Finding Truth: Secular Leaps of Faith

Author Amy K. Hall Published on 05/01/2015

This week, we’re discussing the chapter “Secular Leaps of Faith” in Nancy Pearcey’s Finding Truth: 5 Principles for Unmasking Atheism, Secularism, and Other God Substitutes, which covers the third of five principles for evaluating worldviews: “Test the idol: Does it contradict what we know about the world?” (see links to the previous posts below).

First, a quick summary of the topic today:

We have worked through two principles in worldview analysis. First we identify its idol. Second we identify its reductionism. Now we will ask whether idol-centered worldviews fit the real world. (p. 147)

Just as scientists test a theory by taking it into the lab and mixing chemicals in a test tube to see if the results confirm the theory, so we test a worldview by taking it into the laboratory of ordinary life. Can it be lived out consistently in the real world, without doing violence to human nature? Does life function the way the worldview says it should? Does it fit reality? Does it match what we know about the world? (p. 143)

Pearcey points out that anytime you base your understanding of ultimate reality on a created thing (such as matter)—something that’s below God—you will ultimately be forced into a fragmented view of reality, recognizing part of the universe and human experience as real, and viewing other parts as an illusion. For example, materialists who think of human beings as “computers made of meat” have no rational explanation for consciousness, love, etc., yet they aren’t able to live as if these things don’t exist. Instead, they continue to act as if these things do exist, even though they have no reason within their own worldview to believe in them.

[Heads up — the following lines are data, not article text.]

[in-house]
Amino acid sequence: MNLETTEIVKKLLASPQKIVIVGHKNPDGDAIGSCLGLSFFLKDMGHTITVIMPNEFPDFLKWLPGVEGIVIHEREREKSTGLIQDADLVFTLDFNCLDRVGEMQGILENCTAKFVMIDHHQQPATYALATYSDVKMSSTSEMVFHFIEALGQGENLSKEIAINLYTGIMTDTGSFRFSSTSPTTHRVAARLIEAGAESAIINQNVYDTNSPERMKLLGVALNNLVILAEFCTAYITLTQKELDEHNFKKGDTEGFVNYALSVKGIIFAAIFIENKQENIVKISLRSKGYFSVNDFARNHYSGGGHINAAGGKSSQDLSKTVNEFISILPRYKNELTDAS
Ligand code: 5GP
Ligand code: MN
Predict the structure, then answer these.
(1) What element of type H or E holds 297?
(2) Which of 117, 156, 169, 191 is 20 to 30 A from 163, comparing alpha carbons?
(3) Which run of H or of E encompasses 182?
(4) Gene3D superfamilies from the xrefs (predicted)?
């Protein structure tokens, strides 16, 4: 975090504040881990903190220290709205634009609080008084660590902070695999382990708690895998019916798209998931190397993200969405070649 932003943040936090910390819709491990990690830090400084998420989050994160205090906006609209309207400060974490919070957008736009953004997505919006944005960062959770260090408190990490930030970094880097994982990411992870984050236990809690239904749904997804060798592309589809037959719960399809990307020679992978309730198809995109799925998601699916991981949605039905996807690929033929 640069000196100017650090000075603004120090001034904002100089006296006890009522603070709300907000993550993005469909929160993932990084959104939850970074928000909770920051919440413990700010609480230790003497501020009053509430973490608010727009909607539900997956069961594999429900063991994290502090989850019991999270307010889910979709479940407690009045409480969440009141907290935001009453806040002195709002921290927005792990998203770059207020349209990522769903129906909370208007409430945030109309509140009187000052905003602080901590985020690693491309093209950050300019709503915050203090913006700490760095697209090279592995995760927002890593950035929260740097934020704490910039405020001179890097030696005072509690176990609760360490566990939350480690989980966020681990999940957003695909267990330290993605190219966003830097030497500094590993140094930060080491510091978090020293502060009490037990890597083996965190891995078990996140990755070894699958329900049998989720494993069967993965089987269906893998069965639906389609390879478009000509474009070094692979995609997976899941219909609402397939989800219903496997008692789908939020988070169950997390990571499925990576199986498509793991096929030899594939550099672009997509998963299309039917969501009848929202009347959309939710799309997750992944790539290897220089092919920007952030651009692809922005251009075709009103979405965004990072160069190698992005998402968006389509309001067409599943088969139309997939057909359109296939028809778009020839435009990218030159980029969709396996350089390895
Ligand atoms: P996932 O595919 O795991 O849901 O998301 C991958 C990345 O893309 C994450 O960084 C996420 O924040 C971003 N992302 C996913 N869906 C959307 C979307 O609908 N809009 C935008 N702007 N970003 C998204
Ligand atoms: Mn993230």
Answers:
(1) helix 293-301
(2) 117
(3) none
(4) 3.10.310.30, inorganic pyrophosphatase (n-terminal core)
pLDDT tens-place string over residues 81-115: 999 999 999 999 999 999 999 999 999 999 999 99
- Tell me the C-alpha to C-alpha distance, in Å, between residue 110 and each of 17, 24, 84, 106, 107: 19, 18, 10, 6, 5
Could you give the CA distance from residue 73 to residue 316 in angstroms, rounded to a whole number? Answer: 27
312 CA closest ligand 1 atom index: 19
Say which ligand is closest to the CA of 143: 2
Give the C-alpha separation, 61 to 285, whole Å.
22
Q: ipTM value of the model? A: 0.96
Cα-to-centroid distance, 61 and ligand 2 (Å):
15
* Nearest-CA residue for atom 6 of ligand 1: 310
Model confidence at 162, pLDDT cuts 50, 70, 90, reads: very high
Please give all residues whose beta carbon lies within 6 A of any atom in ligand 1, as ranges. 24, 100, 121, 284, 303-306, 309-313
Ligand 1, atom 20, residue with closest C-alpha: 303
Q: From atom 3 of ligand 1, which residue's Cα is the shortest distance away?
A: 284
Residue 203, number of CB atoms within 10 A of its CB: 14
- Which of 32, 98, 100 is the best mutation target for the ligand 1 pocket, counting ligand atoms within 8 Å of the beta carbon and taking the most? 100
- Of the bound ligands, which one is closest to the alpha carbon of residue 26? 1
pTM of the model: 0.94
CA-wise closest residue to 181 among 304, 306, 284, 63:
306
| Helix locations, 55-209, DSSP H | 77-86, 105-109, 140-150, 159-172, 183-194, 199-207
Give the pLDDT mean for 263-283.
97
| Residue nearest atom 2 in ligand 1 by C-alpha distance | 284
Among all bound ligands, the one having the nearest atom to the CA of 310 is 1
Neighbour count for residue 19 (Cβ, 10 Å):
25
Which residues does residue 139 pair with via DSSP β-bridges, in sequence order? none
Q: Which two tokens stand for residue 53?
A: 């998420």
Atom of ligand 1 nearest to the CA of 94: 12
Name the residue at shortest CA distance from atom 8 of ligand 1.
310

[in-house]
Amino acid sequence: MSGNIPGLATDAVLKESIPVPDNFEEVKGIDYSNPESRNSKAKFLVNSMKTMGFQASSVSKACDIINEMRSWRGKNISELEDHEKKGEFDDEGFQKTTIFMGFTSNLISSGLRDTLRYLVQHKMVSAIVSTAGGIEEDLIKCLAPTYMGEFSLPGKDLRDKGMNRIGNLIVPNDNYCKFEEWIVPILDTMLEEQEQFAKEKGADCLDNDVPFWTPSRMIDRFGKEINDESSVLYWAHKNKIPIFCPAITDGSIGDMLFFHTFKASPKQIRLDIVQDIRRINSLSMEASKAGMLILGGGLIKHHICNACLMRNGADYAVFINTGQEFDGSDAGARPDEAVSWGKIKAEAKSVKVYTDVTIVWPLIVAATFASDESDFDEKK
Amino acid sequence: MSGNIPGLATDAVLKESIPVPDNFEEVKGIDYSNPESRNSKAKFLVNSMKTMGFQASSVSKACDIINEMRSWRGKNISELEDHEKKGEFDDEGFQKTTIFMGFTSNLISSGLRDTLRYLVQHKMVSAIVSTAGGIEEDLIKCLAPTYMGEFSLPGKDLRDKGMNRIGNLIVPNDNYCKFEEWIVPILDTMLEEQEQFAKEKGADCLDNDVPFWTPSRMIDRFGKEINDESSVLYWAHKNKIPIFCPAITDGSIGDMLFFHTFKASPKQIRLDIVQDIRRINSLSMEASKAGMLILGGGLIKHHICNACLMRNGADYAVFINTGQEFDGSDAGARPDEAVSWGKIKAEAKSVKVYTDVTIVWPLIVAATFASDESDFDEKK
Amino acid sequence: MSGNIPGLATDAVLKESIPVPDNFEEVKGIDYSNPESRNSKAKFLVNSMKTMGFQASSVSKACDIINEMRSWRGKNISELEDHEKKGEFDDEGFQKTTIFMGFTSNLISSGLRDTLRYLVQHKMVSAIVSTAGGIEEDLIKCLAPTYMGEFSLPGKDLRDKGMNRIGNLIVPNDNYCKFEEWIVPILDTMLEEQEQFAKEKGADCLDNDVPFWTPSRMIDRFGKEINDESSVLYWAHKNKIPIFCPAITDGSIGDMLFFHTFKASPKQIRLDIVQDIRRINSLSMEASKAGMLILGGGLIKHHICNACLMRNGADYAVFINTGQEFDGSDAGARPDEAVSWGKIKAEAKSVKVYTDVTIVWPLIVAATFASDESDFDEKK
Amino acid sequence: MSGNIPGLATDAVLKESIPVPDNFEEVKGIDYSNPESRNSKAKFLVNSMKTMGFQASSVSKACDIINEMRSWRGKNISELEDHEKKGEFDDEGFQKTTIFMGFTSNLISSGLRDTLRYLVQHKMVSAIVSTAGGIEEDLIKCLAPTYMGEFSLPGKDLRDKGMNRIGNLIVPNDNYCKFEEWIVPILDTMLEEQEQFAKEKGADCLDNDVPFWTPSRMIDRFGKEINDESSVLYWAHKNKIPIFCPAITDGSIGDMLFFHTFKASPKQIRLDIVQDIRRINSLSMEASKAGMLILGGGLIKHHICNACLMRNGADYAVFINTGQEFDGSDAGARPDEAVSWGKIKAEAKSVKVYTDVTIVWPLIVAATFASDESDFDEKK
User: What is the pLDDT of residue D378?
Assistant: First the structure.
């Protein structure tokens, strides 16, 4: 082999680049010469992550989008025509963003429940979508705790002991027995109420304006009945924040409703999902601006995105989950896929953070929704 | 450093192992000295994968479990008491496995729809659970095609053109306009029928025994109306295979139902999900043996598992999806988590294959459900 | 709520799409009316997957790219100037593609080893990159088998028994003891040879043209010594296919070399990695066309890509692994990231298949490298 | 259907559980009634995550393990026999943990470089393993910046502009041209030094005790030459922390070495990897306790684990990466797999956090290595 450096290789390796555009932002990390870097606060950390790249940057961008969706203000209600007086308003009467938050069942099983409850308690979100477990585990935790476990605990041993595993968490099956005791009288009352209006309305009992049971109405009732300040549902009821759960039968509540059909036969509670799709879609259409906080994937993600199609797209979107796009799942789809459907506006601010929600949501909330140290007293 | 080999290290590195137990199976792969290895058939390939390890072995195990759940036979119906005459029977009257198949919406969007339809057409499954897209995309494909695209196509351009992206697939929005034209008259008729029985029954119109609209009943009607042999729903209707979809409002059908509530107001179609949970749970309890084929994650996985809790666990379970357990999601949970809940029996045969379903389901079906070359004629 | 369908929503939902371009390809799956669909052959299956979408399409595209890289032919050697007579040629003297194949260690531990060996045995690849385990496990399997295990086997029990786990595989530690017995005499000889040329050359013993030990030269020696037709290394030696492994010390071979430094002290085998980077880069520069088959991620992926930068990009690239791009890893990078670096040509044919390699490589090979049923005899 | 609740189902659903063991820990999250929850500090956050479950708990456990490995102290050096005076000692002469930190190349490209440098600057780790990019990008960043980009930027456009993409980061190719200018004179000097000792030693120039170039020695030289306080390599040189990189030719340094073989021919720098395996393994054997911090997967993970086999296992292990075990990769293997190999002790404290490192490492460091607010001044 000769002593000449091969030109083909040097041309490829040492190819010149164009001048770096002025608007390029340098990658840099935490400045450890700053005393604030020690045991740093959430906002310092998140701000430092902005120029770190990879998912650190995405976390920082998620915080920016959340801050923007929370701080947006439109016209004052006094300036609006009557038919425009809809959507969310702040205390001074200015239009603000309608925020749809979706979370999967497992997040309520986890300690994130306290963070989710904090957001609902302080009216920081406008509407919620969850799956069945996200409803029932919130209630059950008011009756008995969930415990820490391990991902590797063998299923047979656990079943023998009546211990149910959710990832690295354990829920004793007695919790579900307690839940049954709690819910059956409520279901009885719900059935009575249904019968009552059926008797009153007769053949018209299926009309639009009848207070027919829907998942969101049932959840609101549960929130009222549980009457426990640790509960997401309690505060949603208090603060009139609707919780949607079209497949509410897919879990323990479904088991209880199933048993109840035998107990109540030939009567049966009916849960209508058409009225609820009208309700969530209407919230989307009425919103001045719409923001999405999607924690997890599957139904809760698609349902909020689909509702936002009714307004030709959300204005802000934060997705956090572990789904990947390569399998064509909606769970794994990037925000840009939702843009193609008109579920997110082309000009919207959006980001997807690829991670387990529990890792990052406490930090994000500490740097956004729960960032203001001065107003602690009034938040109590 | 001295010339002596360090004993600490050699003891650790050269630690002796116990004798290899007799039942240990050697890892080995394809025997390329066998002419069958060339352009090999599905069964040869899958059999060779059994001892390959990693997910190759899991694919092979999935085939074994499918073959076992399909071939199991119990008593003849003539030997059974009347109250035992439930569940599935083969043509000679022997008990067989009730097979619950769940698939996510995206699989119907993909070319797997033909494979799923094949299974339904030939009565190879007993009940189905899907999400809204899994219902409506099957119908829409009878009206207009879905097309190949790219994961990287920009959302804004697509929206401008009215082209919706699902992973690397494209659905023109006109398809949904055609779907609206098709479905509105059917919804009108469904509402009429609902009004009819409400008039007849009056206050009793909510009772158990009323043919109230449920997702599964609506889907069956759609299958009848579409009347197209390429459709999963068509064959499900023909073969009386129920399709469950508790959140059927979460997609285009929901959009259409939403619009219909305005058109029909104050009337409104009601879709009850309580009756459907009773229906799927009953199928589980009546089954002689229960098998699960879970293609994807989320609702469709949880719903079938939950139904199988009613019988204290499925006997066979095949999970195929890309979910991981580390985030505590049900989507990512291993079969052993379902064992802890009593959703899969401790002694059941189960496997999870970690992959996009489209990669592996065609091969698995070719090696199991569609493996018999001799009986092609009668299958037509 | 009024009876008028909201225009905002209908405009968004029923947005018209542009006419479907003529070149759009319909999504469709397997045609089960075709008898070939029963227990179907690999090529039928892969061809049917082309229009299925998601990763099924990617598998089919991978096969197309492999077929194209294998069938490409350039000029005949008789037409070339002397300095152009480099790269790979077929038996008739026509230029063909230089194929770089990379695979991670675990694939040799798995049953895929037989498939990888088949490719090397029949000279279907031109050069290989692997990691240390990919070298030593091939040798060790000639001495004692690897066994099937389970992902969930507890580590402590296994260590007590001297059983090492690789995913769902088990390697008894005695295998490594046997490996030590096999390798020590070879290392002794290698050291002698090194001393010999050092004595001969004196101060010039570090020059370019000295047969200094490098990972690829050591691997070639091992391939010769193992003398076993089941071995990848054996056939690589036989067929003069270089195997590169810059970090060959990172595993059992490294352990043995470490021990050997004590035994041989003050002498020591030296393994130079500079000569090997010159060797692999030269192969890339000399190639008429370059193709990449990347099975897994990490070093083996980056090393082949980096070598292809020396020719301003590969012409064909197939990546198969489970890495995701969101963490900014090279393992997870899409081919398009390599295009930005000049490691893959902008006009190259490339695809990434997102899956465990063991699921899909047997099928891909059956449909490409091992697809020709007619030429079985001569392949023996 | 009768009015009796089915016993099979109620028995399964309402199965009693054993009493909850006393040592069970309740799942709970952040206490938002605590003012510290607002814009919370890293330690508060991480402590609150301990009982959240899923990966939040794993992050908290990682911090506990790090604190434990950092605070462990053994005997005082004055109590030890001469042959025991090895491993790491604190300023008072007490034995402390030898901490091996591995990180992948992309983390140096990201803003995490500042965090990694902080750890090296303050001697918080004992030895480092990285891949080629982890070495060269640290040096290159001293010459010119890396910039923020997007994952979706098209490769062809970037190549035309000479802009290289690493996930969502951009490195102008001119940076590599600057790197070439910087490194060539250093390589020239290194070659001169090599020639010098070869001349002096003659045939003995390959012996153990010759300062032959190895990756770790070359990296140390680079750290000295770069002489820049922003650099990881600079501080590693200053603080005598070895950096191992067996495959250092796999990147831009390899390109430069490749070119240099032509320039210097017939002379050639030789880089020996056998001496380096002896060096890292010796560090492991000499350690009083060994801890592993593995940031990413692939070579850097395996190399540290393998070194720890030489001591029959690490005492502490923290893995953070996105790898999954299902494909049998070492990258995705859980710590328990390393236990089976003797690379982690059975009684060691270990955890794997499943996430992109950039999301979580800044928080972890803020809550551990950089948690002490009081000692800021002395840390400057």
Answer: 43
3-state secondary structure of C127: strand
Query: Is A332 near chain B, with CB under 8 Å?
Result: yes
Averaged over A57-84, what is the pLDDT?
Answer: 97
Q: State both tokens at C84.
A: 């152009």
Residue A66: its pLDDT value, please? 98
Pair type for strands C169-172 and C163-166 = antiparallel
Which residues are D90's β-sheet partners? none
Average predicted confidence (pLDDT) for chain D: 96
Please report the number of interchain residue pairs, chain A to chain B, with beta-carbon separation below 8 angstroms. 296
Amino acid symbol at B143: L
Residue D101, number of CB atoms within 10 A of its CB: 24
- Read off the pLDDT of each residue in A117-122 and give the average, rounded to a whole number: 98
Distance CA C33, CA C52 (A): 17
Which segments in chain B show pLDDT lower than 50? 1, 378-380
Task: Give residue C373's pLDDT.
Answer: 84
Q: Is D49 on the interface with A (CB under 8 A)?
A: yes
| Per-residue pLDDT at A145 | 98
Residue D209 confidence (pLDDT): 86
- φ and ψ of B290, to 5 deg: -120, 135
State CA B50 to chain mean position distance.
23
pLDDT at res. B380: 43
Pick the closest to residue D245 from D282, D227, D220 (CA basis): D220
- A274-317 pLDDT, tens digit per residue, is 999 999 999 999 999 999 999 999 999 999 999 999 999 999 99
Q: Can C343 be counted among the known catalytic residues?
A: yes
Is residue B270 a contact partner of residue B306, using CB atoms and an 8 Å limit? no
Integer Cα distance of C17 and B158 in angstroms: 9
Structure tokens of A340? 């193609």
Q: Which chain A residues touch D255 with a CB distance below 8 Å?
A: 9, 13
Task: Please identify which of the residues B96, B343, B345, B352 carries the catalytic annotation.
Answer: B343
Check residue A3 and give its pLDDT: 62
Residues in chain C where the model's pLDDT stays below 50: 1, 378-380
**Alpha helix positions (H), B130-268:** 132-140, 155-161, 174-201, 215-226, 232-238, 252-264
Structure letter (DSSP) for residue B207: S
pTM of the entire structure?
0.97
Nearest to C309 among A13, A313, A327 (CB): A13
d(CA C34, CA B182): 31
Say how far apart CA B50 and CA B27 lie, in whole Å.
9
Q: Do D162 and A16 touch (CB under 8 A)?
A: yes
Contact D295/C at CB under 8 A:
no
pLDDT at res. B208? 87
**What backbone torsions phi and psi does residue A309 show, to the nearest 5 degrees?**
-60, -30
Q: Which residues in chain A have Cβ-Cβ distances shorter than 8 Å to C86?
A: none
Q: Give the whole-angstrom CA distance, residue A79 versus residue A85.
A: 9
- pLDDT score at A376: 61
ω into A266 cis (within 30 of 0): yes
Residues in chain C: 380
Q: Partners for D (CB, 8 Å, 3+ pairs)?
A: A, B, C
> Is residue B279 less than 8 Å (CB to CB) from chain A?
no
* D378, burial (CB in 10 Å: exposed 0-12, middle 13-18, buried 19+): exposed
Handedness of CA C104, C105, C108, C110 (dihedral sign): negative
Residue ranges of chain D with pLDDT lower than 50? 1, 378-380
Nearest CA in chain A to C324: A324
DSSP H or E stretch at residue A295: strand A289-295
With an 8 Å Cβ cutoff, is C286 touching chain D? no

Pearcey characterizes this move to act as if certain things exist—things they’re intellectually convinced do not exist—as a “secular leap of faith.” Ironically, this amounts to the very thing many atheists wrongly accuse Christians of doing. Schaeffer says this is a kind of mysticism:

Francis Schaeffer in The God Who Is There observes that every worldview containing a two-story dualism [i.e., where the world we experience is split between reality and illusion] leads ultimately to “mysticism” in the sense that adherents must affirm truths that their own worldview cannot rationally explain. It is ironic that many thinkers who pride themselves on being champions of rationality have accepted a form of mysticism—driven to that extreme position by the impulse to suppress the facts that contradict their preferred worldview. (p. 161)

I thought this example of suppression was particularly telling:

[Edward] Slingerland [who argues “that humans are robots—that our sense of having a will or self or consciousness is an illusion”] writes, “At an important and ineradicable level, the idea of my daughter as merely a complex robot carrying my genes into the next generation is both bizarre and repugnant to me.” Such a reductionistic view “inspires in us a kind of emotional resistance and even revulsion.”